Make sure they have their card or have ordered a new one through the Social Security Administration website before they go back to school. Make sure your child has a safe place to keep their card while they are at school so they don’t lose it.

Advance Health Care Directive, Medical Proxy, or Health Care Proxy

A HIPAA release form is nothing like a medical proxy form, or either of the other two names for it.

The only reason for the HIPAA release form is so that you can talk to the student’s doctors and other medical professionals.

With a medical proxy, you can take care of them in the same way you did when they lived with you.

This is a very important form to fill out if your son or daughter can’t speak for themselves for any reason.

Since this form is a bit more serious than the HIPAA form, it may need two witnesses to confirm that the student is of sound mind when they give you the power to make medical decisions on their behalf.

You should also fill out one form in the city where your student goes to school and keep a copy at home.

Since the form has a spot for a “secondary proxy,” a second parent or close relative can fill in for you if you can’t make decisions.

FERPA Waiver for College Students

Up until now, it’s been pretty easy for you as a parent to be as involved as possible in your child’s education, including having access to all of his or her school records.

The Family Educational Rights and Privacy Act (FERPA) says that all of this changes once your child is 18 years old (or enters college).

Once that happens, all rights related to education are given to the student. This includes information about their GPA, academic transcript, academic warning, academic probation, or discipline record.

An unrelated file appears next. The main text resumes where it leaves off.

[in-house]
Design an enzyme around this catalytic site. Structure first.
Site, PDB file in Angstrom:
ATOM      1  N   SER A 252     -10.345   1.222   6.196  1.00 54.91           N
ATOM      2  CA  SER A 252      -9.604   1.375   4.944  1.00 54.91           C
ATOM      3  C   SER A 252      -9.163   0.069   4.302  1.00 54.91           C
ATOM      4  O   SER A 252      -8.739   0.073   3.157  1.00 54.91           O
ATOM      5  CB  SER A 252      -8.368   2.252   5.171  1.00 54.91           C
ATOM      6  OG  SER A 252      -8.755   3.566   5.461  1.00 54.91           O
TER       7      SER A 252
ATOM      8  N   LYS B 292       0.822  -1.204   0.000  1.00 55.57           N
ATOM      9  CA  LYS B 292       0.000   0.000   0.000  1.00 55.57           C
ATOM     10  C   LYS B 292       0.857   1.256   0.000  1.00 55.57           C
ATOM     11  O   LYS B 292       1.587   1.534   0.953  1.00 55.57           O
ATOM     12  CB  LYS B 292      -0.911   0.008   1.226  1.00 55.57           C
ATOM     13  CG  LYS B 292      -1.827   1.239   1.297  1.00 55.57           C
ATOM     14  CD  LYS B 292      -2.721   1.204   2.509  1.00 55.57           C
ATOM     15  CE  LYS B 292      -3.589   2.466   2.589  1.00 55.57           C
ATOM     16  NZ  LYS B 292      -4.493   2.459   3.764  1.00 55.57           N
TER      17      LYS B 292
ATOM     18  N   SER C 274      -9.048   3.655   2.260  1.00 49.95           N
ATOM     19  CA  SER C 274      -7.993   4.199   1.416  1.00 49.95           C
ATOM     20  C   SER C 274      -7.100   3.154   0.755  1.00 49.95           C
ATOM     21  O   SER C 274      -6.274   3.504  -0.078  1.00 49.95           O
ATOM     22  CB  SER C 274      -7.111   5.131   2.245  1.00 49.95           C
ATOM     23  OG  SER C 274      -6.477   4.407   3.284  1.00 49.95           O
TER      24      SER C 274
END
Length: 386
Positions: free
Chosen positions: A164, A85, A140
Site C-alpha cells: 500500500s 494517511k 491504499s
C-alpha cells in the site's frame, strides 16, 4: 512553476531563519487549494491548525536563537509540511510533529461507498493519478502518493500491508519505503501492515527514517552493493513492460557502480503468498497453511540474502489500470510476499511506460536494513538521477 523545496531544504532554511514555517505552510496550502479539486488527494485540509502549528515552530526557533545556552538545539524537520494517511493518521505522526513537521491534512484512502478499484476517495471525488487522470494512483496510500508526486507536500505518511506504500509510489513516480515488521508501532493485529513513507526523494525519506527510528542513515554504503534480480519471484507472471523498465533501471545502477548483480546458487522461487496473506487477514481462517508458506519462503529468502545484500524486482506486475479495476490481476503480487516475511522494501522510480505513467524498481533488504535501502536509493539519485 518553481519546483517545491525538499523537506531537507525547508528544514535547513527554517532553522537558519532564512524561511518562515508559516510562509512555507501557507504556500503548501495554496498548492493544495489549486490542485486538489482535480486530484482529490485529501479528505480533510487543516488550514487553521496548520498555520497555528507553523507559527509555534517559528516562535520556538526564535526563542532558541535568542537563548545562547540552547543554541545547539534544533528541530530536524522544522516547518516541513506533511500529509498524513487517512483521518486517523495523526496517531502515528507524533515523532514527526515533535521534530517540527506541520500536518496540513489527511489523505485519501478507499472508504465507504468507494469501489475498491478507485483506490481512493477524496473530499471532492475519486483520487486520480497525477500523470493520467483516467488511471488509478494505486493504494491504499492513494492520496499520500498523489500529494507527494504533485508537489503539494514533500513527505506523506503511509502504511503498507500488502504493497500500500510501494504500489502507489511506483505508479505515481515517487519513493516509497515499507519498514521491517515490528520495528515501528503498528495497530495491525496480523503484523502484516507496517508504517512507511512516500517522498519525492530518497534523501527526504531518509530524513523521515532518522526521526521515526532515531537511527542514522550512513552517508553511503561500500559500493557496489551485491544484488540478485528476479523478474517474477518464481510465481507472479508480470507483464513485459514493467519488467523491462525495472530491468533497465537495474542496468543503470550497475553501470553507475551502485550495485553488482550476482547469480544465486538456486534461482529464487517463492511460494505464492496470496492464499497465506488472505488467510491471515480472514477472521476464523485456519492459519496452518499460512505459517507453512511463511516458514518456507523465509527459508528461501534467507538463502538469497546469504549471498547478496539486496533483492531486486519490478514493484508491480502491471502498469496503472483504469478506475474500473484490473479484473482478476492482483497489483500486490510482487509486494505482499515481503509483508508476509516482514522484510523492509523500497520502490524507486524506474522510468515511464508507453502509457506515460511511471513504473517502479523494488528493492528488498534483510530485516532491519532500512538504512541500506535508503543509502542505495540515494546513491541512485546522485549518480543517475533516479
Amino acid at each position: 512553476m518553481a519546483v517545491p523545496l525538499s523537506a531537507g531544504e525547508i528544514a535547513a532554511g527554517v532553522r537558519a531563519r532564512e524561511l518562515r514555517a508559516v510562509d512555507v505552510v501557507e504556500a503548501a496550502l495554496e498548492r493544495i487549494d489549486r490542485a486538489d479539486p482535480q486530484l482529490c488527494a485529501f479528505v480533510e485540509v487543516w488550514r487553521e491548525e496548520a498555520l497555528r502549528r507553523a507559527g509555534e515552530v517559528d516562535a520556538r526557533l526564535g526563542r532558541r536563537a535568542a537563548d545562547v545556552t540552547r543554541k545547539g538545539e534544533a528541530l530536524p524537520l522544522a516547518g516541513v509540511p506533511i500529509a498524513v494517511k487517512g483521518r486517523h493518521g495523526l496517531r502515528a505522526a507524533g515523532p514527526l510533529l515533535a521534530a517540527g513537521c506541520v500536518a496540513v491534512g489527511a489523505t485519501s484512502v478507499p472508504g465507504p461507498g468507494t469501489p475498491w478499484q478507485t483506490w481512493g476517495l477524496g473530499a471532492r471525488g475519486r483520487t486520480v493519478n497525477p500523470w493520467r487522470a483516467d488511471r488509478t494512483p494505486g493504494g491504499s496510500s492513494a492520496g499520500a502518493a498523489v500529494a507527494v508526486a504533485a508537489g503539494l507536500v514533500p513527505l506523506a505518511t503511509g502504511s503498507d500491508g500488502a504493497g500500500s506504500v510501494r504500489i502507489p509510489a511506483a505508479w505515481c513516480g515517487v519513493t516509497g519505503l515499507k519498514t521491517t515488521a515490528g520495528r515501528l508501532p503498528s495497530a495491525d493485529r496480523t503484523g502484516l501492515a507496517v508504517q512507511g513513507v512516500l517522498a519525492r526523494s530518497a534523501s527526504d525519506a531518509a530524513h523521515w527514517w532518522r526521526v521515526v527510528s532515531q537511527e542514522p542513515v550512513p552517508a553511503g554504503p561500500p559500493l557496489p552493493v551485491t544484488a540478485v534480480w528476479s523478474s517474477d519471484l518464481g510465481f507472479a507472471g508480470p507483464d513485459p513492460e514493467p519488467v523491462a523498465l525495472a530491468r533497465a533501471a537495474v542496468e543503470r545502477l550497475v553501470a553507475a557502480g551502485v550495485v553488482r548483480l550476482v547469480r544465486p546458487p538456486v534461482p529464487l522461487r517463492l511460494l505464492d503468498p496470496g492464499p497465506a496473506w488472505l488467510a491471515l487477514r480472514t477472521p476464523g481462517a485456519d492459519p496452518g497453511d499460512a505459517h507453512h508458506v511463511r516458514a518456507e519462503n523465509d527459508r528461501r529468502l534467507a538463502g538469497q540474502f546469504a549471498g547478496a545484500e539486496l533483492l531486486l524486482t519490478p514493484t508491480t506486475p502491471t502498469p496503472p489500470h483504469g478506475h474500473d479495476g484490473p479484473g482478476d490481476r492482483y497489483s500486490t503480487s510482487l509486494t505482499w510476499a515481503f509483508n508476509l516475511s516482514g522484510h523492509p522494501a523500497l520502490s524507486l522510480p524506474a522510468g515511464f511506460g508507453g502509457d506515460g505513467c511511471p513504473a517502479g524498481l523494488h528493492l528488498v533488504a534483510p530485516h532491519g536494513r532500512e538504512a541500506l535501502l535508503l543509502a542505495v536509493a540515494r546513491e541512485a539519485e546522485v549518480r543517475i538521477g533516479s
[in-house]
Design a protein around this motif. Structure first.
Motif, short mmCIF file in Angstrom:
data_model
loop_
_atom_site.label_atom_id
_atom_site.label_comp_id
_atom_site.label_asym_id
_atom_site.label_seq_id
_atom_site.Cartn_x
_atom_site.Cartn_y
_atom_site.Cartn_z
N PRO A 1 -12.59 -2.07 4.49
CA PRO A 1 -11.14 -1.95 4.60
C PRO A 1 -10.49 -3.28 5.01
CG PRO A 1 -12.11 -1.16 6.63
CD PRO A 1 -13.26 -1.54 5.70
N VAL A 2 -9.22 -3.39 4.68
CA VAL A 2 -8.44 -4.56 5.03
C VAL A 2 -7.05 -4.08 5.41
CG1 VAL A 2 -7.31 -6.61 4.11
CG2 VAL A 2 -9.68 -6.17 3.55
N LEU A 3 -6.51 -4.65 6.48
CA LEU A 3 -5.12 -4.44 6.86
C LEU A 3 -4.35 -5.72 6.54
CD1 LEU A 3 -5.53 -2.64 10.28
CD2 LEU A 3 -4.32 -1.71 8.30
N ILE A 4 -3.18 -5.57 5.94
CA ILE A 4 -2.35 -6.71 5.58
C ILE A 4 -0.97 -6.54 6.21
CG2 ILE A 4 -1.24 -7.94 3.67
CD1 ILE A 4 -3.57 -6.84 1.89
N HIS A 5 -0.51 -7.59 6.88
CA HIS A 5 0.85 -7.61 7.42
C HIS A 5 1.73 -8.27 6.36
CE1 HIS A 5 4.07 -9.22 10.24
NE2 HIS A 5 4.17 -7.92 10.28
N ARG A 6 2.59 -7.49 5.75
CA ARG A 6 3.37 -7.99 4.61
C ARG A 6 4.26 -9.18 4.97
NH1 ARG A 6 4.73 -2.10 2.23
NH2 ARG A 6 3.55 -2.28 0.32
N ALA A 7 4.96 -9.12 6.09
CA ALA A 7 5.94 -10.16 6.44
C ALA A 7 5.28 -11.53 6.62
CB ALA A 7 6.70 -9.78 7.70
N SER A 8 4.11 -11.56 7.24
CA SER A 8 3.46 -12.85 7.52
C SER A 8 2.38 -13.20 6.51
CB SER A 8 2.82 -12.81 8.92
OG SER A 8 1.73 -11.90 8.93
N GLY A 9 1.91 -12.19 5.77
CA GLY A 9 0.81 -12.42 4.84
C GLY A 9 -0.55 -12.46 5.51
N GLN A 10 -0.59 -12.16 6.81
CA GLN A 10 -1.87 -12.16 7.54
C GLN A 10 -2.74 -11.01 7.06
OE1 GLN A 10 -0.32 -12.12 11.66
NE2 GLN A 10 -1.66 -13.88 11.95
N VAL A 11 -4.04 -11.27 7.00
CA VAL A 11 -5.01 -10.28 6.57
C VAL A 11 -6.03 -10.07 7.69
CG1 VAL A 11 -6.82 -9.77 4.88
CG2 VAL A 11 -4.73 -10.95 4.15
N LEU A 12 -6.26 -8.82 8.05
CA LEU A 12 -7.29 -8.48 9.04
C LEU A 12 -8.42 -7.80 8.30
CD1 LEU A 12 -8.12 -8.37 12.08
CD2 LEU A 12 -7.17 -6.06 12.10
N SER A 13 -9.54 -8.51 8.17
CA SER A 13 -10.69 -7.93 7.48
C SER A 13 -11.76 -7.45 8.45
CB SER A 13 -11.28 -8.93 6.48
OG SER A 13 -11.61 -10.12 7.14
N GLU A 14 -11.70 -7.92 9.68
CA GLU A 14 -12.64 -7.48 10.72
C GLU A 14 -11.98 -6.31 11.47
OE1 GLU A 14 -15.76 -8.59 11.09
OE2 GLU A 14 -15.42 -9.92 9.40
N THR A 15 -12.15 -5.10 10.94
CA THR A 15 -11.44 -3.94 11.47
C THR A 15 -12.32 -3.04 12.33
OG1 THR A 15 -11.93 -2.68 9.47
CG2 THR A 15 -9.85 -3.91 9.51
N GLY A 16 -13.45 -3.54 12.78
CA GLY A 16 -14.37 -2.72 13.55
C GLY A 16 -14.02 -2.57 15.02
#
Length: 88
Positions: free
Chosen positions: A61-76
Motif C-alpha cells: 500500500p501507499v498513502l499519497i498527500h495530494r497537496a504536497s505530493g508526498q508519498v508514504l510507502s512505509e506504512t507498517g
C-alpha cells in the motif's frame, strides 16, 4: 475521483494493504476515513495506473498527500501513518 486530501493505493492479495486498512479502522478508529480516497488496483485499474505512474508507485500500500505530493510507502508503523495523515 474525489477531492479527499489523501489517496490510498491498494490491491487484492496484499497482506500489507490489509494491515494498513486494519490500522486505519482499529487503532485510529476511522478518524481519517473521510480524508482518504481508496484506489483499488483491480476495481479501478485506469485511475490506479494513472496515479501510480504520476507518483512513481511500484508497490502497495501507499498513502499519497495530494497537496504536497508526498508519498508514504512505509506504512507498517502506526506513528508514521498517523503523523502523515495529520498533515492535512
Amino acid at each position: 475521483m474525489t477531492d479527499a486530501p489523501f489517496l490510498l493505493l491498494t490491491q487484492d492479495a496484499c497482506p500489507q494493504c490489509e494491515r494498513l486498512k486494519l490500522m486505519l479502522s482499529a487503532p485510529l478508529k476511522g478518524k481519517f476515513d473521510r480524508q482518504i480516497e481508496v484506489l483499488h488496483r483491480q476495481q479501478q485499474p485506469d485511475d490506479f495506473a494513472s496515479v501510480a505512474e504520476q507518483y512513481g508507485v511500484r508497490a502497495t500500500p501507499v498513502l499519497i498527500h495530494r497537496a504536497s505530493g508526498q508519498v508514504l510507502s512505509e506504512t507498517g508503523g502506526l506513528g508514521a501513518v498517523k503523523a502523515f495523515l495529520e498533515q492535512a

This means you can’t call a teacher or the head of a department to ask about your child’s grades, attendance, or performance in class as a whole.

FERPA protects college students’ education records so that only the college and the student know what they are. It also makes sure that a student’s financial records are kept private.

The documents that the financial aid office makes and keeps are considered education records and cannot be shared without the student’s permission.

This includes (at a minimum) information about your student’s eligibility for and receipt of federal student aid funds, financial aid applications, federal work-study payroll records, your student’s account balance, and information about their financial aid history.

All colleges and universities have FERPA release authorizations that allow the school to share certain information about a student’s financial aid records when the student signs them.

Remember that your student can now decide whether or not to let you see these records. They are not required to do so. Some schools may not tell your child directly about FERPA and the forms that need to be filled out for you to get access to their account information.

So, FERPA rules, even if you pay the bills.

When your student goes to college, you will want to be sure that they are mature enough to handle many parts of their lives in a responsible way.

Some of this won’t be in your control, but some of it will be. Before they go to school, it’s important to talk to them about all of these things, so that if emergencies happen, everyone will be ready and there won’t be any surprises.